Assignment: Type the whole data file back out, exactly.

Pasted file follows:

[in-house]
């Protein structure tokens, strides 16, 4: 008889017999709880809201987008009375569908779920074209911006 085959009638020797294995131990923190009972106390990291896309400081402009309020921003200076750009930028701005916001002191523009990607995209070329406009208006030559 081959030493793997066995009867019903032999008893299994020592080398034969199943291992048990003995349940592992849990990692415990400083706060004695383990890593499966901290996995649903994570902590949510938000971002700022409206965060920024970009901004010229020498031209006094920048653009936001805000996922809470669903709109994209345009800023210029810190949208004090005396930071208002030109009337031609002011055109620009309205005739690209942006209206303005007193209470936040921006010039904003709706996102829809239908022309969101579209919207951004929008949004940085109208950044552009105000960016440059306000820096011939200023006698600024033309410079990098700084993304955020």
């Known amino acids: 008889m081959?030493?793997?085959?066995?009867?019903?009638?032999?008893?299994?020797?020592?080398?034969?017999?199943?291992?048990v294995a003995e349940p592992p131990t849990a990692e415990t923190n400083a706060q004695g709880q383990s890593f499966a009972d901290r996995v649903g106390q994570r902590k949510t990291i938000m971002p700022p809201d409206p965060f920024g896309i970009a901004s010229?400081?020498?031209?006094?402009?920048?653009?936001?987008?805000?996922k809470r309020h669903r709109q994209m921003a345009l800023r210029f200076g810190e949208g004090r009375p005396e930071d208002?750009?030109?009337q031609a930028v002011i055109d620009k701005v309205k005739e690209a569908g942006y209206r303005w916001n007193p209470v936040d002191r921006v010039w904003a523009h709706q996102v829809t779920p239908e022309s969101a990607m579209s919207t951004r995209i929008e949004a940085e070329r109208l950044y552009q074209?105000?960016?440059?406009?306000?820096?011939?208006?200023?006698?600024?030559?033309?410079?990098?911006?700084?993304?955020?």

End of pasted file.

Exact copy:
[in-house]
């Protein structure tokens, strides 16, 4: 008889017999709880809201987008009375569908779920074209911006 085959009638020797294995131990923190009972106390990291896309400081402009309020921003200076750009930028701005916001002191523009990607995209070329406009208006030559 081959030493793997066995009867019903032999008893299994020592080398034969199943291992048990003995349940592992849990990692415990400083706060004695383990890593499966901290996995649903994570902590949510938000971002700022409206965060920024970009901004010229020498031209006094920048653009936001805000996922809470669903709109994209345009800023210029810190949208004090005396930071208002030109009337031609002011055109620009309205005739690209942006209206303005007193209470936040921006010039904003709706996102829809239908022309969101579209919207951004929008949004940085109208950044552009105000960016440059306000820096011939200023006698600024033309410079990098700084993304955020």
């Known amino acids: 008889m081959?030493?793997?085959?066995?009867?019903?009638?032999?008893?299994?020797?020592?080398?034969?017999?199943?291992?048990v294995a003995e349940p592992p131990t849990a990692e415990t923190n400083a706060q004695g709880q383990s890593f499966a009972d901290r996995v649903g106390q994570r902590k949510t990291i938000m971002p700022p809201d409206p965060f920024g896309i970009a901004s010229?400081?020498?031209?006094?402009?920048?653009?936001?987008?805000?996922k809470r309020h669903r709109q994209m921003a345009l800023r210029f200076g810190e949208g004090r009375p005396e930071d208002?750009?030109?009337q031609a930028v002011i055109d620009k701005v309205k005739e690209a569908g942006y209206r303005w916001n007193p209470v936040d002191r921006v010039w904003a523009h709706q996102v829809t779920p239908e022309s969101a990607m579209s919207t951004r995209i929008e949004a940085e070329r109208l950044y552009q074209?105000?960016?440059?406009?306000?820096?011939?208006?200023?006698?600024?030559?033309?410079?990098?911006?700084?993304?955020?």